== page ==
Trends in Libraries & Publishing


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Summer 2007

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  • Developing meaningful book collections and many libraries strive to make the area that houses the content in to efficient, innovative and inspirational. KR will add more notes 7/23
  • Results are in- kids do judge books by their cover. According to a TALKBACK article from for 250 MS the recommendations of librarians received the same rank as the recommendations of friends. That is high praise- 27 ‘usually’ seek the recommendation of a librarian and 50 percent ‘sometimes’ do. Themes and displays are a fun way to grab students attentions and including books that have attractive covers will increase the likelihood of students actually checking out your recommendations.
  • Trends in Libraries & Publishing

    1. 1. Trends in Libraries & Publishing Presented by the Collection Development Team
    2. 2. Trends in Cool New Fiction <ul><li>Characters with Distinct Personalities </li></ul>The Talented Clementine By Sarah Pennypacker Skippyjon Jones By Judy Shachner Scaredy Squirrel by Melanie Watt Just Grace by Charise Mericle Harper
    3. 3. Trends in Cool New Fiction <ul><li>Serious topics made simple for kids </li></ul>The Purple Balloon By Chris Raschka Today and Today By Issa And What Comes After a Thousand By Annette Bley
    4. 4. Trends in Cool New Fiction <ul><li>Picture books with broad appeal </li></ul><ul><li>Stories with kid appeal, but with something for grown-ups too (including innovative art or subtle humor) </li></ul>
    5. 5. Trends in Cool New Fiction <ul><li>Adorable Animals </li></ul><ul><li>Penguins, Alligators, Rabbits and others are popular choices for picture books </li></ul>Scaredy Squirrel Makes a Friend By Melanie Watt Wolves by Emily Gravett I’d Really Like to Eat a Child By Sylvie Donnio
    6. 6. Trends in Cool New Fiction <ul><li>Tie in to current events </li></ul><ul><li>Connects to politics or social action </li></ul><ul><li>Encourages kids to think about the world as a larger place </li></ul>First Light by Rebecca Stead First Daughter: Extreme Makeover by Mitali Perkins
    7. 7. Discussion <ul><li>If a customer mentions books that tie in to politics, what Q&A box in the catalog might you highlight? </li></ul>
    8. 8. Trends in Cool New Fiction <ul><li>Dark and Paranormal Romance </li></ul><ul><li>Appeals to fans of the very popular Twilight by Stephenie Meyer </li></ul>Tantalize by Cynthia Leitich Smith Wicked Lovely by Melissa Marr
    9. 9. Discussion <ul><li>If a librarian mentions that Twilight has been popular with her students, what titles in the catalog might you highlight? </li></ul>
    10. 10. Trends in Cool New Fiction <ul><li>Visibility of underrepresented groups (disabilities, GLBTQ, international, multicultural, religion) </li></ul>Parrotfish by Ellen Wittlinger Does My Head Look Big in This? By Randa Abdel Fattah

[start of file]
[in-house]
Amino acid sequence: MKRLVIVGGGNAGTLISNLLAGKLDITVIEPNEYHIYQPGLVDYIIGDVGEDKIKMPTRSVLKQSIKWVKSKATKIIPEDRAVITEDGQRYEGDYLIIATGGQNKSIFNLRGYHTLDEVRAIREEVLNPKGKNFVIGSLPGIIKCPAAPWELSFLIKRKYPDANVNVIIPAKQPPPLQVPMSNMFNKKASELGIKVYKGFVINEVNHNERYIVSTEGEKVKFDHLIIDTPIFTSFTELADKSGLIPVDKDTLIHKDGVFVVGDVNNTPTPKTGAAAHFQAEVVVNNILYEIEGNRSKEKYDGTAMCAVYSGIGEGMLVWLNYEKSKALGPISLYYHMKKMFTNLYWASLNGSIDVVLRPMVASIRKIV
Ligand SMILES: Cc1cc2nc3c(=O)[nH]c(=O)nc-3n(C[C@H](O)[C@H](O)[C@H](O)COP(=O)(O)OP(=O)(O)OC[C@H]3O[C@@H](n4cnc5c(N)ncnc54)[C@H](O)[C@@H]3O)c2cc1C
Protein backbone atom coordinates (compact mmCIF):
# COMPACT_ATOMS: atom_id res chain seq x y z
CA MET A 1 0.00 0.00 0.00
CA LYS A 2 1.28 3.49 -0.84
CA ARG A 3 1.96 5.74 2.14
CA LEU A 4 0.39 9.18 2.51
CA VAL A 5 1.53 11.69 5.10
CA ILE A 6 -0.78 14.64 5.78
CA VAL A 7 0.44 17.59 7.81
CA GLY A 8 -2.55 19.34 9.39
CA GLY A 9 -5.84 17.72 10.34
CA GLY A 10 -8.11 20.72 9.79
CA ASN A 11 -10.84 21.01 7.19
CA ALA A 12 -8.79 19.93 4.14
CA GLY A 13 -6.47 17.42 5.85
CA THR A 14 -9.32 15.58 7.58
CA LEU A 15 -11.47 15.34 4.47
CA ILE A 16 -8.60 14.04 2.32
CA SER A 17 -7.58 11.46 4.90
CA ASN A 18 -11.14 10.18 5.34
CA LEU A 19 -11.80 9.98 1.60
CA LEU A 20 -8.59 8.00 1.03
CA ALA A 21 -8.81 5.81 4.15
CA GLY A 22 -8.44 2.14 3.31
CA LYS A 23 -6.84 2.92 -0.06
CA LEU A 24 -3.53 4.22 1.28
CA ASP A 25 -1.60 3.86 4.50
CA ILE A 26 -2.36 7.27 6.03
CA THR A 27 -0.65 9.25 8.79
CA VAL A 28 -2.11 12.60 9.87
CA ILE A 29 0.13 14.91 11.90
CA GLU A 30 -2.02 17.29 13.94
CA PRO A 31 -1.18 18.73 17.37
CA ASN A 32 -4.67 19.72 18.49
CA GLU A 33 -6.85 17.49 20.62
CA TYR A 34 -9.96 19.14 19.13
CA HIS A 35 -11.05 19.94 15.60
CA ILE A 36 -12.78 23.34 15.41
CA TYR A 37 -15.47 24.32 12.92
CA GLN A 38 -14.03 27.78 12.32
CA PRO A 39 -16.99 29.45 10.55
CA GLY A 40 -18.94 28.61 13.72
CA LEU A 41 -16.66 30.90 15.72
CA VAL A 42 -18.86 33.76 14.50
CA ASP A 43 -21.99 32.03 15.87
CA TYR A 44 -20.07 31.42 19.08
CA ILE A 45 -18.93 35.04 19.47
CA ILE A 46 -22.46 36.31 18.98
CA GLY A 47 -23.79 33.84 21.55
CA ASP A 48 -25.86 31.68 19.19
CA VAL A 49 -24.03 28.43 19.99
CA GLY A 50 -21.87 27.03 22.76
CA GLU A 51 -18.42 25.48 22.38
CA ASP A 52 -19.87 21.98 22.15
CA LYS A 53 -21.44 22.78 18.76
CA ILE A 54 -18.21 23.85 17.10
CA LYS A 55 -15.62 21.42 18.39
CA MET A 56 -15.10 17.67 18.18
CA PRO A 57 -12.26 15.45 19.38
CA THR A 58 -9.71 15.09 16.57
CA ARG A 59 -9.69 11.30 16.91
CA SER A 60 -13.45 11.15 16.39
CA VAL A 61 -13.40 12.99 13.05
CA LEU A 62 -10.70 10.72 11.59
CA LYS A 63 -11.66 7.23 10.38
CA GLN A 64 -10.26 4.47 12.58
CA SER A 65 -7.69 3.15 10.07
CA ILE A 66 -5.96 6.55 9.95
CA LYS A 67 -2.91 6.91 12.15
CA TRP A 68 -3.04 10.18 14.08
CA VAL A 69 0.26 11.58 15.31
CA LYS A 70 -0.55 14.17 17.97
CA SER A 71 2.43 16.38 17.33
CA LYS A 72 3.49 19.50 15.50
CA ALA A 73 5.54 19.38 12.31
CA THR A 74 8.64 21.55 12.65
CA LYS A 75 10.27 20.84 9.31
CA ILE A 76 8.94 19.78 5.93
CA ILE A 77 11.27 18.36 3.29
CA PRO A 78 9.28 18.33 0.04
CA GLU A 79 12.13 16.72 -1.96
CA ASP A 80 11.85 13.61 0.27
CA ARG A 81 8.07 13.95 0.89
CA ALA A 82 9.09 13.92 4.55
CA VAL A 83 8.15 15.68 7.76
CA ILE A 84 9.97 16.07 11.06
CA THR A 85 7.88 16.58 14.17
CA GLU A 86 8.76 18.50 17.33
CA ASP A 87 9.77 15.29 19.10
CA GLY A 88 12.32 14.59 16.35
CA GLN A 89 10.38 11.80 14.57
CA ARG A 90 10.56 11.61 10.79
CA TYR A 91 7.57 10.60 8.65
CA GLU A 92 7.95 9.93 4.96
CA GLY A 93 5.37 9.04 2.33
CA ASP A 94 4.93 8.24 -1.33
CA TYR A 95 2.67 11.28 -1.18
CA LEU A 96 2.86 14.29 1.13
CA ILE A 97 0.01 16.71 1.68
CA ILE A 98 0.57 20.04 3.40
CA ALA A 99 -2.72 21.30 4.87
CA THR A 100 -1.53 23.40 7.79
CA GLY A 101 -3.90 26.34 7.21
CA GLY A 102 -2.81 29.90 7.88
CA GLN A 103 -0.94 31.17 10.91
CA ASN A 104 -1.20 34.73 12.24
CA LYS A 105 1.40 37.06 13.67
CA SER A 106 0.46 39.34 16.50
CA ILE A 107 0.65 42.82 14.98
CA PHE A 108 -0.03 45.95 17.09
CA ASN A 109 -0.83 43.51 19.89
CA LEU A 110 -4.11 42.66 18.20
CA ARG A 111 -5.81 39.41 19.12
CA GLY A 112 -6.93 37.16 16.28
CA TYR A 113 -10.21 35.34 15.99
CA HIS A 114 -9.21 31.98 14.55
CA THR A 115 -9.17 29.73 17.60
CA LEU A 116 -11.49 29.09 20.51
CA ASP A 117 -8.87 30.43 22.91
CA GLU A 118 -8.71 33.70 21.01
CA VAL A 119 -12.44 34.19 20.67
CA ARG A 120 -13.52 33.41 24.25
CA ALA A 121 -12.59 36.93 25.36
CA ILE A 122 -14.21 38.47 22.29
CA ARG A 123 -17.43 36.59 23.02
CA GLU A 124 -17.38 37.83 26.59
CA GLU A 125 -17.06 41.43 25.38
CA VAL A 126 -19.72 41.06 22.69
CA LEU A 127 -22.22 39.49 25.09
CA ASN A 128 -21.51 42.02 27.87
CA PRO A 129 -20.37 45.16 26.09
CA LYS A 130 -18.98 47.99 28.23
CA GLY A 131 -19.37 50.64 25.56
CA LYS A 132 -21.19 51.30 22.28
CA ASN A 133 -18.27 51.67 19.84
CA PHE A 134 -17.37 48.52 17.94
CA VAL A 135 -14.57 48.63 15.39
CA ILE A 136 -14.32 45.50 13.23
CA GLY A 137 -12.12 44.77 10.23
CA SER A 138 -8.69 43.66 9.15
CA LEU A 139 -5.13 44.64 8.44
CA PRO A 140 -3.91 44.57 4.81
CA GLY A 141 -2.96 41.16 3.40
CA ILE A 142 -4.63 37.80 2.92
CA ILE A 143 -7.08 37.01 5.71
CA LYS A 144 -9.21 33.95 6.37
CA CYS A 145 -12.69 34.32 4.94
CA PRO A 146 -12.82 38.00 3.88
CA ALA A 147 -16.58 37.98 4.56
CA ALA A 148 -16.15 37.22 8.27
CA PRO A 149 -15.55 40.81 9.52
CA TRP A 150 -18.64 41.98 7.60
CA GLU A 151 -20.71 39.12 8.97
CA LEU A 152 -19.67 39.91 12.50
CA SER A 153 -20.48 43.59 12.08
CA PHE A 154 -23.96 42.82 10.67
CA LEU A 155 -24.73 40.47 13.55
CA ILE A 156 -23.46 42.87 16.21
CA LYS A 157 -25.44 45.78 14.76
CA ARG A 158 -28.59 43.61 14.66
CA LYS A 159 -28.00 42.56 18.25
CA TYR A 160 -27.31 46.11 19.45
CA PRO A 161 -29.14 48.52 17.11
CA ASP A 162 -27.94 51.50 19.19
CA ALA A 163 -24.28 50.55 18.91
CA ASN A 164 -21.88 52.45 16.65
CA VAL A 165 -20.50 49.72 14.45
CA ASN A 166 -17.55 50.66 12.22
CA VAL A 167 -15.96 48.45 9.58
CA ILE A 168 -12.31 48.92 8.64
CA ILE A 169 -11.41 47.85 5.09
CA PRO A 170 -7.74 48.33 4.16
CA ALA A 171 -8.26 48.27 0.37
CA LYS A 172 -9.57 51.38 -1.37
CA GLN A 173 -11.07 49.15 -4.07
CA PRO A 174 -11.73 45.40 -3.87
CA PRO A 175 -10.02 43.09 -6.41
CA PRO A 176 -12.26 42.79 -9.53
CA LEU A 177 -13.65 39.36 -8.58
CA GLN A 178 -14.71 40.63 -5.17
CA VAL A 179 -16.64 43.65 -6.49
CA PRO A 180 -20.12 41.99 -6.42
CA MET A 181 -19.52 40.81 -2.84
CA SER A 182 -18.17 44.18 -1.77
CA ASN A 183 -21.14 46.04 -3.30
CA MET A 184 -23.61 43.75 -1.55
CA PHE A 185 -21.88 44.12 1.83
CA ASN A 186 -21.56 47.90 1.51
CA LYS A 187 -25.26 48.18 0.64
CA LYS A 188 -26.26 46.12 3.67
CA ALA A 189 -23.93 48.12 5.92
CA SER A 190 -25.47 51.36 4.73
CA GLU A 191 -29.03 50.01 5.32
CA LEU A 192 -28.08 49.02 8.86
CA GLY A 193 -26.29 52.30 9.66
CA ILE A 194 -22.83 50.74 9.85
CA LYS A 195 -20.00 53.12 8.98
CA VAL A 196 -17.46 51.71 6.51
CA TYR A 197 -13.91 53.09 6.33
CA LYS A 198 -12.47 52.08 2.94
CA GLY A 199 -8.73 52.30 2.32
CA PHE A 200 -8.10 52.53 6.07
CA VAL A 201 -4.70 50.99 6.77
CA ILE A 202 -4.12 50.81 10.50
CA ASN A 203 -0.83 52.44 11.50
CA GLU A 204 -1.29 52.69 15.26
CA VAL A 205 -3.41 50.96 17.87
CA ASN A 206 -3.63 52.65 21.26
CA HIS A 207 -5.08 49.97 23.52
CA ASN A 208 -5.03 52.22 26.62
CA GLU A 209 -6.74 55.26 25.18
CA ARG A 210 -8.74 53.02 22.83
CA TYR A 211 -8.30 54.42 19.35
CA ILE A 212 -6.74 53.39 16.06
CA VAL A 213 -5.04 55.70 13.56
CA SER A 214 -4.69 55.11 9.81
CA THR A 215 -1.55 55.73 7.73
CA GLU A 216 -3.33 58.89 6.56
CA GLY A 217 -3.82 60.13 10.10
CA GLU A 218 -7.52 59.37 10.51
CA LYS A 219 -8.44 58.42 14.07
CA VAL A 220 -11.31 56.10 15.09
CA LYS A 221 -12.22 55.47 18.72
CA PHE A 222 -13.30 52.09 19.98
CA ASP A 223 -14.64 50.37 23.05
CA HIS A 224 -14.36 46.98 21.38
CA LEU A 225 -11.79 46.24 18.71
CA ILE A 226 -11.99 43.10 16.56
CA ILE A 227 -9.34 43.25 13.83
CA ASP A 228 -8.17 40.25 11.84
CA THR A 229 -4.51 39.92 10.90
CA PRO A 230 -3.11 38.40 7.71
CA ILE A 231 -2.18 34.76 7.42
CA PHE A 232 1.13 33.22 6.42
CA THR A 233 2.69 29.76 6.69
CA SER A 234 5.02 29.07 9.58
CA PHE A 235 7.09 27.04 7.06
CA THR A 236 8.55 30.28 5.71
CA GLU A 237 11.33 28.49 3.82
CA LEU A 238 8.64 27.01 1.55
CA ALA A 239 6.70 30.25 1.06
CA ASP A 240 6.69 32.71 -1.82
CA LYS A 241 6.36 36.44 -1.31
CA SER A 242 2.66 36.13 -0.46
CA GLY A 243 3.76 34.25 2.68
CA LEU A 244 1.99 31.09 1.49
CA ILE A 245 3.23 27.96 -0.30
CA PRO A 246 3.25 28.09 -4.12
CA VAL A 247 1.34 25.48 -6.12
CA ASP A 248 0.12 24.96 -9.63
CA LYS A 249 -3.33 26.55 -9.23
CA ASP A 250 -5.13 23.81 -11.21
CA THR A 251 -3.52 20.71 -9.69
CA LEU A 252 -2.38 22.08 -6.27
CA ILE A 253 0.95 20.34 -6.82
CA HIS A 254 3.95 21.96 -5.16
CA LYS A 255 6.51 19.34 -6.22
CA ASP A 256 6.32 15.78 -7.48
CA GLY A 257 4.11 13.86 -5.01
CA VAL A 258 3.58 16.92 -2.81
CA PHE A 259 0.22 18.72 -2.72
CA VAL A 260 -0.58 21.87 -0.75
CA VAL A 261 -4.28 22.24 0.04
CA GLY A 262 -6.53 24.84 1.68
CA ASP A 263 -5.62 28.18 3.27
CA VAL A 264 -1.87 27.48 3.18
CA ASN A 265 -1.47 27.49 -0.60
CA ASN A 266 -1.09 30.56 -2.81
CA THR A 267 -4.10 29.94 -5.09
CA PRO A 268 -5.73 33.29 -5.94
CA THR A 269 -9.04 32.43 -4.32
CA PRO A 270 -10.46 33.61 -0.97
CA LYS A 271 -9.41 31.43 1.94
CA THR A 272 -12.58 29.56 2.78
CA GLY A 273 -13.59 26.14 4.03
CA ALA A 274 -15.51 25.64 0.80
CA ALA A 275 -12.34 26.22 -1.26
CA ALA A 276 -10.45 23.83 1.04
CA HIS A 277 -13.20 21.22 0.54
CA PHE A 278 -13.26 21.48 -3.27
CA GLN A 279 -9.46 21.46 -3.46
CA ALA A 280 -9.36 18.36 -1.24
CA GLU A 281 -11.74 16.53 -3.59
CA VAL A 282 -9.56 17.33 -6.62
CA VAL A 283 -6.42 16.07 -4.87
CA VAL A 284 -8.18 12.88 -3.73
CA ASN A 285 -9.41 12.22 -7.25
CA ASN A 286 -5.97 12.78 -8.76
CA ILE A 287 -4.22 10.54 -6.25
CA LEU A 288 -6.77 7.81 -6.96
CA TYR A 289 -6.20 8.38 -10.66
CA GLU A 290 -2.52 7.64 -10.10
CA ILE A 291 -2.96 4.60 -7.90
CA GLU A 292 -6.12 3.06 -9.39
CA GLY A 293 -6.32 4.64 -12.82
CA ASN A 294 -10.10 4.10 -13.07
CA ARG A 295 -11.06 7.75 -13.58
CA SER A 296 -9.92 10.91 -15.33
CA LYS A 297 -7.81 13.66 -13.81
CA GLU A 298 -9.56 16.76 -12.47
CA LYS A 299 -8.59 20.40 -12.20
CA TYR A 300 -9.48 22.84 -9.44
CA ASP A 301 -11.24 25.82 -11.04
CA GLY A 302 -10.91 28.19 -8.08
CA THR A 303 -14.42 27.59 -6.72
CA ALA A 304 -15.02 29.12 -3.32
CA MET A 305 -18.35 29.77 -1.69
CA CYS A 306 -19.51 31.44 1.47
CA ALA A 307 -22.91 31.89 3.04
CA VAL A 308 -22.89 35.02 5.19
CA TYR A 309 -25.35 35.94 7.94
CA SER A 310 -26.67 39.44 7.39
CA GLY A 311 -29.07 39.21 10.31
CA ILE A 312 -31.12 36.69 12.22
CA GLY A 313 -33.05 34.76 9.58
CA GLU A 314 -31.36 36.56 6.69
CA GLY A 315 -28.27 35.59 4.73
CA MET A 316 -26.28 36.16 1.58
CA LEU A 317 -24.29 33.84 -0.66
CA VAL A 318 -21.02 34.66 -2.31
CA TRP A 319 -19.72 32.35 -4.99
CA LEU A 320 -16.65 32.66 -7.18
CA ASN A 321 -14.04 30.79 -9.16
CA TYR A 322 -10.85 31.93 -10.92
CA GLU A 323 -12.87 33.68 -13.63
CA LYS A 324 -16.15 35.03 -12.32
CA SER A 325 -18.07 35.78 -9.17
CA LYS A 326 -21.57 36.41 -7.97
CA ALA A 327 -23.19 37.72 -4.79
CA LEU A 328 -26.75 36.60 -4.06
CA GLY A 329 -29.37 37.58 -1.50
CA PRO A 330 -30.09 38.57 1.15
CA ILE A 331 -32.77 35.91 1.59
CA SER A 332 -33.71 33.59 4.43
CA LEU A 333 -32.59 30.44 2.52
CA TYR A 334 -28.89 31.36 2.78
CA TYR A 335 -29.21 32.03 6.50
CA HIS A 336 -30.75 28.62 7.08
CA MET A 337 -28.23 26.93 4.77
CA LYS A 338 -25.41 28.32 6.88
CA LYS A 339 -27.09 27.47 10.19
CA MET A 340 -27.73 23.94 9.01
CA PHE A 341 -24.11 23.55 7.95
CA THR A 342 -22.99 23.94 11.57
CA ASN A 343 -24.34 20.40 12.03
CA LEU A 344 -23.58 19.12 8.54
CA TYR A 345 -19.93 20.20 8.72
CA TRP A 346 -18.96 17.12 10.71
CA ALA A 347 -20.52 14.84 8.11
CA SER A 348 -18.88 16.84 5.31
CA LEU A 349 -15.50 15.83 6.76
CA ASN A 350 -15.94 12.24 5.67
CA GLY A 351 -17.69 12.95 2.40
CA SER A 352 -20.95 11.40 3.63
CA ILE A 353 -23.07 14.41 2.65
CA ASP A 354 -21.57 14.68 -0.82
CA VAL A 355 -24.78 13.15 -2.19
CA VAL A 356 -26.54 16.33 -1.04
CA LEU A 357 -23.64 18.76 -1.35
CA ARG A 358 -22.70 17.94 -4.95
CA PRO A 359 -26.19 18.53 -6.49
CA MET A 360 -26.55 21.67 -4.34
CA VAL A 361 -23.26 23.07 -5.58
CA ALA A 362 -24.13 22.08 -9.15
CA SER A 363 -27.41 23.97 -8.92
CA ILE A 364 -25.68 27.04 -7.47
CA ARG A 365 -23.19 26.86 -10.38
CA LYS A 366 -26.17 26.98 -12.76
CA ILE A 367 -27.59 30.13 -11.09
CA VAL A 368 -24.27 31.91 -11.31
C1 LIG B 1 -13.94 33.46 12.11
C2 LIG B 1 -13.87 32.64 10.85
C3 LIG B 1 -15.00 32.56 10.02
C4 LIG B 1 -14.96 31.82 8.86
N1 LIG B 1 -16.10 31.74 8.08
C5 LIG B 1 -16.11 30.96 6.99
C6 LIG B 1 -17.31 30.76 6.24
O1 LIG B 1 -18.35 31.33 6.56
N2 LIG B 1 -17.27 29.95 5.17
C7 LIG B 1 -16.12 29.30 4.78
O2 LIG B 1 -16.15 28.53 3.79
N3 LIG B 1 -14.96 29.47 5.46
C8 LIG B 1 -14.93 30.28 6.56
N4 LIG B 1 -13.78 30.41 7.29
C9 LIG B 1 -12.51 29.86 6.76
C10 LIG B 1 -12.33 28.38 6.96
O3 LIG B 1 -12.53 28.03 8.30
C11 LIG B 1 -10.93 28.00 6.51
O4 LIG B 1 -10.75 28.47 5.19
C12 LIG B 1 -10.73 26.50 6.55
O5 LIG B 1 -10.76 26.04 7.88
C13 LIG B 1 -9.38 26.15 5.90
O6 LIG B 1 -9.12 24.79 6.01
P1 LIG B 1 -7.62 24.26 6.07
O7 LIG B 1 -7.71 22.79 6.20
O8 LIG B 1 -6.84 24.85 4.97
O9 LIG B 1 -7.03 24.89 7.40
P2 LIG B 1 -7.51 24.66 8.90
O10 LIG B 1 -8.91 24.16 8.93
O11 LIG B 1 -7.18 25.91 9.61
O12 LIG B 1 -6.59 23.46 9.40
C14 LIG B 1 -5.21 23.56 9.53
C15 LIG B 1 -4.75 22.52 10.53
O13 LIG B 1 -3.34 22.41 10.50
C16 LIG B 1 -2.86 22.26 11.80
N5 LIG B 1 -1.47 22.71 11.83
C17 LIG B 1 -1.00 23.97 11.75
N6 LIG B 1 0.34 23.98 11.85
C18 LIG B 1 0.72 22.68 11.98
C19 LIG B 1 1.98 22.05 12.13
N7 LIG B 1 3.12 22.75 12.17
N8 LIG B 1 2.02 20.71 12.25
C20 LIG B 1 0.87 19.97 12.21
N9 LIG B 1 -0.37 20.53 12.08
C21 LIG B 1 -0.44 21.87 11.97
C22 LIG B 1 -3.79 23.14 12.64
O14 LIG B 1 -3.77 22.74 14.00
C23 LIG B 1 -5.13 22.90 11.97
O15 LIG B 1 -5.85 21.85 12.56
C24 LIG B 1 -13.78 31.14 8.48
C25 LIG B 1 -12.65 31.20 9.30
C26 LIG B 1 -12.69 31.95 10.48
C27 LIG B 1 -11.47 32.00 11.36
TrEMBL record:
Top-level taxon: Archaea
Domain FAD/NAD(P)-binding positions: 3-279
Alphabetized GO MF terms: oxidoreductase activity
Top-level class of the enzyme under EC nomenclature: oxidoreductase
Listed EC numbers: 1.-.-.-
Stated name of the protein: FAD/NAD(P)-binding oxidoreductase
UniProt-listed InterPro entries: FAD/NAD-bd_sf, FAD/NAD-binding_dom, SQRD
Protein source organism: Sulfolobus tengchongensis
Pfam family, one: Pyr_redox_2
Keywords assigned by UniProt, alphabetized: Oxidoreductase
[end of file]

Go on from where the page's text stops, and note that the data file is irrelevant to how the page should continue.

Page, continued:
11. 11. Activity <ul><li>Find these titles in the catalog and explain what underrepresented group they portray </li></ul>Reaching for the Sun by Tracie Vaughn Zimmer Parrotfish by Ellen Wittlinger
    12. 12. Trends in Cool New Fiction <ul><li>First Time Authors </li></ul>Story of a Girl By Sara Zarr Into the Wild By Sarah Beth Durst Kimchi & Calamari By Rose Kent Shark Girl By Kelly Bingham Grumpy Bird by Jeremy Tankard
    13. 13. Trends in Cool New Fiction <ul><li>Other Possible Trends to Watch </li></ul><ul><ul><li>Historical Fiction </li></ul></ul><ul><ul><li>International Titles </li></ul></ul><ul><ul><li>Lengthy novels </li></ul></ul><ul><ul><li>Crossover books </li></ul></ul><ul><ul><li>Illustrated Novel </li></ul></ul><ul><ul><li>Science Fiction/Fantasy </li></ul></ul>
    14. 14. Booktalking <ul><li>What is booktalking and why is it important to your school? </li></ul><ul><li>Some brief booktalk suggestions to get you started </li></ul><ul><li>Tips to make librarians’ booktalks more enticing to kids and teens </li></ul>
    15. 15. Picture Books for All Ages <ul><li>Dynamic, thought-provoking text and illustrations </li></ul><ul><li>Drawings vs. Photo essays </li></ul><ul><li>Both Fic and Non (esp. Biography) </li></ul><ul><li>Can be used in various curriculum areas </li></ul>
    16. 16. Picture Books for All Ages <ul><li>“ The visuals draw the reader in and help to break up the text, making it look less imposing… if you have a compelling central subject you can tie in some fairly sophisticated concepts.” </li></ul><ul><ul><li>- Author Pamela Turner </li></ul></ul>
    17. 17. Picture Books for All Ages <ul><li>a.k.a “for Older Readers” </li></ul><ul><li>Program at ALA Annual Conference 2007 </li></ul><ul><li>CA Young Reader Medal category </li></ul><ul><li>Subject Guides </li></ul>
    18. 18. Picture Books for All Ages <ul><li>Activity: Catalog page 18 </li></ul><ul><ul><li>Identify a few picture books that could be used with a middle school Science unit </li></ul></ul>